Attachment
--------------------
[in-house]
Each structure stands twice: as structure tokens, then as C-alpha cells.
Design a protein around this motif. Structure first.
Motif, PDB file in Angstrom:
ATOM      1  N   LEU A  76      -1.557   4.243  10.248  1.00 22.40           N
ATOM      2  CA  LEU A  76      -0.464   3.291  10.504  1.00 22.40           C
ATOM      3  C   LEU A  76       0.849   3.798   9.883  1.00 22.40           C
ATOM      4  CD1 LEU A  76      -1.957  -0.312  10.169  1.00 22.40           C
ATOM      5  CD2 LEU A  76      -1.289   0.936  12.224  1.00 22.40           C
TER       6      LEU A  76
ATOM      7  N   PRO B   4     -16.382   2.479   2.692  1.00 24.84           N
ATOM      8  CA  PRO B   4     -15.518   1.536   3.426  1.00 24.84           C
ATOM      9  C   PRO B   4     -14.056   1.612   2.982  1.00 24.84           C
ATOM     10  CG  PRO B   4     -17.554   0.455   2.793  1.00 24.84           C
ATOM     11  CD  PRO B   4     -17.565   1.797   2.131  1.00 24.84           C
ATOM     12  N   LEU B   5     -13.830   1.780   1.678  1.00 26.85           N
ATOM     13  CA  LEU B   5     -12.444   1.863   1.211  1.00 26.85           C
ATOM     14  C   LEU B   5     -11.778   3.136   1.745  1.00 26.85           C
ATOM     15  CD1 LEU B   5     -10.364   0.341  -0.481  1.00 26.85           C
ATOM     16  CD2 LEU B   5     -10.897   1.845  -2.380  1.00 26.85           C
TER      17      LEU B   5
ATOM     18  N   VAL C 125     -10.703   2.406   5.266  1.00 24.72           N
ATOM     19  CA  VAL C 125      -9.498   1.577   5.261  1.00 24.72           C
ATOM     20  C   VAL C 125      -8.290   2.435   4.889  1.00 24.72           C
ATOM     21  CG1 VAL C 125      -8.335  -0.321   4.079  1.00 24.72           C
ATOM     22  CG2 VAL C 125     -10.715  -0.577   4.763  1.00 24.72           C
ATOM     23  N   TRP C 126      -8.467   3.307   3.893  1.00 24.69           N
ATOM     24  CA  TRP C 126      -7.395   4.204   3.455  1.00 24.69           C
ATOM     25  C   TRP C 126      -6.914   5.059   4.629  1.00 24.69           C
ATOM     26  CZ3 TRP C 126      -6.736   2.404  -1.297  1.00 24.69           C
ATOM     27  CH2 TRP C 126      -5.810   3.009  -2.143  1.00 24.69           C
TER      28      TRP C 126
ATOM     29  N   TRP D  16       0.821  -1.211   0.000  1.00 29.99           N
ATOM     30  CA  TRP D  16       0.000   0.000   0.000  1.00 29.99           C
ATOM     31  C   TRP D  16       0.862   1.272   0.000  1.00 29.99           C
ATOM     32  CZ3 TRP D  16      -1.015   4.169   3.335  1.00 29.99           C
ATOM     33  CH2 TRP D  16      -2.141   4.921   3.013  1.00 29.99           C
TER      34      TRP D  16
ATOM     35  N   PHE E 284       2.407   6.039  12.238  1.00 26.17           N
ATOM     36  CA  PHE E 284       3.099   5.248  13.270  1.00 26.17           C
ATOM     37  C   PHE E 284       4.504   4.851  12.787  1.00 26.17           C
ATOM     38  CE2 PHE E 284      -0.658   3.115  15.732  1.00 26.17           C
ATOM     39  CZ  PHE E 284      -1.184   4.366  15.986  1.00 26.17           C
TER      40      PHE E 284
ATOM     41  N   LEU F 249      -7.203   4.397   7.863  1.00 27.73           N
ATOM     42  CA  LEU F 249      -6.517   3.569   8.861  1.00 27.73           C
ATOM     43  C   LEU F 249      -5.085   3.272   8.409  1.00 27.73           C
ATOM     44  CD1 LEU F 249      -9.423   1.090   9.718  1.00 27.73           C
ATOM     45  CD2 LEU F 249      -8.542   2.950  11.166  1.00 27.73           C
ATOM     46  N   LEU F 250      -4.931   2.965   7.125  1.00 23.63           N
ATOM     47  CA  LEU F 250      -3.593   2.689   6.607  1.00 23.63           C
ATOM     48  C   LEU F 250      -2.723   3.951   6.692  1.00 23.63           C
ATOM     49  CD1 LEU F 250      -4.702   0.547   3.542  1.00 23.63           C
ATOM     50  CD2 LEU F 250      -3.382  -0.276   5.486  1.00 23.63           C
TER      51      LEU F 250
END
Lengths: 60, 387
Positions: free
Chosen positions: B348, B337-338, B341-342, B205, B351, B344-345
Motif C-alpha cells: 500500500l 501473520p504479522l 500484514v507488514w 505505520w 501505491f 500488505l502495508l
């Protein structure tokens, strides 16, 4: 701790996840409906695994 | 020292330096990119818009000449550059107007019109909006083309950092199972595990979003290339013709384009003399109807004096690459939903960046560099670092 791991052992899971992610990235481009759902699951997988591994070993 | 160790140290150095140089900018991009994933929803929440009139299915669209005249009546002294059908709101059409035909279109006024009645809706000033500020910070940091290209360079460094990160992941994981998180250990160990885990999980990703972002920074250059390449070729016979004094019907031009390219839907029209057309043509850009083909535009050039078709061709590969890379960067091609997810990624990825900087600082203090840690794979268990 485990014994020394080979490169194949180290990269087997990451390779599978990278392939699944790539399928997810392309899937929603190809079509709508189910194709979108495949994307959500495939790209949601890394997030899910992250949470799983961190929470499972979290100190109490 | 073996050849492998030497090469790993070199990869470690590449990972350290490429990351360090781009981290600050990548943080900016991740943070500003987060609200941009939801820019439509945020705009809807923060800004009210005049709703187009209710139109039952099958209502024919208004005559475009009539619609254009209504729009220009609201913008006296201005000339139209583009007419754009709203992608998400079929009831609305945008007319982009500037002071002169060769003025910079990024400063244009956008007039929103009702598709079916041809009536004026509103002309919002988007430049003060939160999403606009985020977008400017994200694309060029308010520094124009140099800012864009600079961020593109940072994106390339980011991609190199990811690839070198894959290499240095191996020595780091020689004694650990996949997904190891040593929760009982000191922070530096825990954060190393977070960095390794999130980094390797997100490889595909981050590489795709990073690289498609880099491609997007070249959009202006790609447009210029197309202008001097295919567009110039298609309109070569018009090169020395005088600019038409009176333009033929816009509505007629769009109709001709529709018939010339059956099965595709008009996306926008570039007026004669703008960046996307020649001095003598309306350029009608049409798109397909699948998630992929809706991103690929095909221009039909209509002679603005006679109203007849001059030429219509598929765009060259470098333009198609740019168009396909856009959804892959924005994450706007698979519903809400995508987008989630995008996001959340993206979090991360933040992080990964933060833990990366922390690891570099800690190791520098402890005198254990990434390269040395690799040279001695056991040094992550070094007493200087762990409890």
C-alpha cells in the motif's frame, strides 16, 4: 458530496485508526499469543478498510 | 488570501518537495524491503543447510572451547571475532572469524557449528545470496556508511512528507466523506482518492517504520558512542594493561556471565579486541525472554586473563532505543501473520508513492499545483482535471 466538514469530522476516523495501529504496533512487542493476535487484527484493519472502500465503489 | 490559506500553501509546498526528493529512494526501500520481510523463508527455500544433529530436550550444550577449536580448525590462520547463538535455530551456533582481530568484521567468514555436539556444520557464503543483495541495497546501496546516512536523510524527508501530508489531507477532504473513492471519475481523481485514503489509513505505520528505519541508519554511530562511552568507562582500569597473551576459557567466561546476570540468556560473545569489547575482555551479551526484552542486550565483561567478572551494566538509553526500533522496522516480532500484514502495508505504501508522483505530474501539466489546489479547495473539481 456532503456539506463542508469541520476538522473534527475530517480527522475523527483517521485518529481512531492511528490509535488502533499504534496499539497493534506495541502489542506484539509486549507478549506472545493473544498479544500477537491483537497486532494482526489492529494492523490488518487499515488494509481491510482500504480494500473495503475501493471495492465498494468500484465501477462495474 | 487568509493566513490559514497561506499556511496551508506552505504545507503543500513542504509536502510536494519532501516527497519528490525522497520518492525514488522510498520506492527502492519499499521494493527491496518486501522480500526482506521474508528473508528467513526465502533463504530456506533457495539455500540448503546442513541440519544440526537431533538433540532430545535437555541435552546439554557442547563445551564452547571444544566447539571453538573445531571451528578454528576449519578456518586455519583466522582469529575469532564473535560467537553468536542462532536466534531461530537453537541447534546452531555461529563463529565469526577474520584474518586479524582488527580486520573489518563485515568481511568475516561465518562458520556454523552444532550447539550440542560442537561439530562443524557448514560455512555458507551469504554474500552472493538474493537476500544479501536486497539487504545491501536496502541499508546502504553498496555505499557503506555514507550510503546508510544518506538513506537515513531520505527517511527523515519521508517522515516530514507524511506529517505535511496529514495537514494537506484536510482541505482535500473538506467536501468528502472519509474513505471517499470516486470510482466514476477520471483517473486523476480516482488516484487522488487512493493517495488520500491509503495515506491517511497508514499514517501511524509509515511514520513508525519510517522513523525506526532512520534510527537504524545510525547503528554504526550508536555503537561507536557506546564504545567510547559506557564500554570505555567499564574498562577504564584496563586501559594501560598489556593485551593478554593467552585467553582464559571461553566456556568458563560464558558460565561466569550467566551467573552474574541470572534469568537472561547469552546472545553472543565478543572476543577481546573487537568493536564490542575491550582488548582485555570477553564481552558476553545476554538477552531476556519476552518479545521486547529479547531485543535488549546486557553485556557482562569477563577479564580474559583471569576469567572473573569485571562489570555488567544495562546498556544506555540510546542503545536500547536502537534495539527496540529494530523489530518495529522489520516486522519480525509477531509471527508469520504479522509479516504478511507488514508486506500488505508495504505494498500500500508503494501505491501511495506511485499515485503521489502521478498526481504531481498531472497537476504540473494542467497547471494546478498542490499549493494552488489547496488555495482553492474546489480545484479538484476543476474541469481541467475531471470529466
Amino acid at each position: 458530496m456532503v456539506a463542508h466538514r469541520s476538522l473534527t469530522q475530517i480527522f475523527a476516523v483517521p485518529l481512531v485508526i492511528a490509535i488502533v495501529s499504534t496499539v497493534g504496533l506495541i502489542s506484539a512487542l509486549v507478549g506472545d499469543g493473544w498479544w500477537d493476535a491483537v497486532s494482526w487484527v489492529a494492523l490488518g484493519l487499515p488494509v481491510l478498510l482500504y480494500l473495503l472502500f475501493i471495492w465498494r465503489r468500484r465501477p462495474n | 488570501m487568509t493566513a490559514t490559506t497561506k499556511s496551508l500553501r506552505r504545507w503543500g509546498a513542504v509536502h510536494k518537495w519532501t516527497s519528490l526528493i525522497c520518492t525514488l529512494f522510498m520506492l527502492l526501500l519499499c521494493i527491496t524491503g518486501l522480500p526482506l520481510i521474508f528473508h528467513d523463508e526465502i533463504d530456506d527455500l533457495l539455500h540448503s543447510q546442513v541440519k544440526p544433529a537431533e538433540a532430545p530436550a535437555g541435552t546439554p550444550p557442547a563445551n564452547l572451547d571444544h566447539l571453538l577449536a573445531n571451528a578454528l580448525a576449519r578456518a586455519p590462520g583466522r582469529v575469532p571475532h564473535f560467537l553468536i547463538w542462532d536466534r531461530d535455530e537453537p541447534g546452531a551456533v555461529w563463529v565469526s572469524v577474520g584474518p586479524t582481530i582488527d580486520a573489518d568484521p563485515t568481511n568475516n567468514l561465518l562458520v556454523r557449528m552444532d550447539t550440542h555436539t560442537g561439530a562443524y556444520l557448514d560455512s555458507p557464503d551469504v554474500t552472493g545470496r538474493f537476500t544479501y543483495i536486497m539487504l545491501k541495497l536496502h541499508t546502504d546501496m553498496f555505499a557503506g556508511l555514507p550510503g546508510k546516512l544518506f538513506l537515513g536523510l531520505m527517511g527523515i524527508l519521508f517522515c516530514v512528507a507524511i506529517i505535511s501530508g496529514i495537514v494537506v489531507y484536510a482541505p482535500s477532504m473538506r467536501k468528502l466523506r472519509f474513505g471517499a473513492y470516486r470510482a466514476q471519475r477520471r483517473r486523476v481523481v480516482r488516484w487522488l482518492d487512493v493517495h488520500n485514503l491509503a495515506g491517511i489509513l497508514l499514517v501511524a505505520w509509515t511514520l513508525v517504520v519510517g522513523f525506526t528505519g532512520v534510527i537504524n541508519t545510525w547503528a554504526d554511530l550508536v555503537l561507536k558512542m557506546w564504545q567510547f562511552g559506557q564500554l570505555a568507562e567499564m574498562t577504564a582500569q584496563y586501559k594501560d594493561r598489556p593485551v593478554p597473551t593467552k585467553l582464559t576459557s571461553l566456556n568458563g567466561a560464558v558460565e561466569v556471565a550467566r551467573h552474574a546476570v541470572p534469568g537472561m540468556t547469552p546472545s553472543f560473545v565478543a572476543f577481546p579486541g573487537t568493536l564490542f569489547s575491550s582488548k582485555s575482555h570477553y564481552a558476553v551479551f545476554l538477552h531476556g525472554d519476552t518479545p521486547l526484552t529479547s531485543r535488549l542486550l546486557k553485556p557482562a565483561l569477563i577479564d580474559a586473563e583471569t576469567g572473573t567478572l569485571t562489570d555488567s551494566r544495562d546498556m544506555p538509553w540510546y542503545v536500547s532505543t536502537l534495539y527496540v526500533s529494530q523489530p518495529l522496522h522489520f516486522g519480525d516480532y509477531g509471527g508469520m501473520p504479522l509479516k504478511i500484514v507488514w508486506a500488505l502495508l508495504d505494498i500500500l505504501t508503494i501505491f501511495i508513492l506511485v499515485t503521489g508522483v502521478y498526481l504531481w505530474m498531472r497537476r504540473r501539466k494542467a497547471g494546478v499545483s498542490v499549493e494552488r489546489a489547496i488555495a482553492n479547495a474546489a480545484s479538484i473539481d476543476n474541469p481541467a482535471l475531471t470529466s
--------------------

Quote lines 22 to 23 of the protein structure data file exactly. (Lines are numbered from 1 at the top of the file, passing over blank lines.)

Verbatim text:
ATOM     18  N   VAL C 125     -10.703   2.406   5.266  1.00 24.72           N
ATOM     19  CA  VAL C 125      -9.498   1.577   5.261  1.00 24.72           C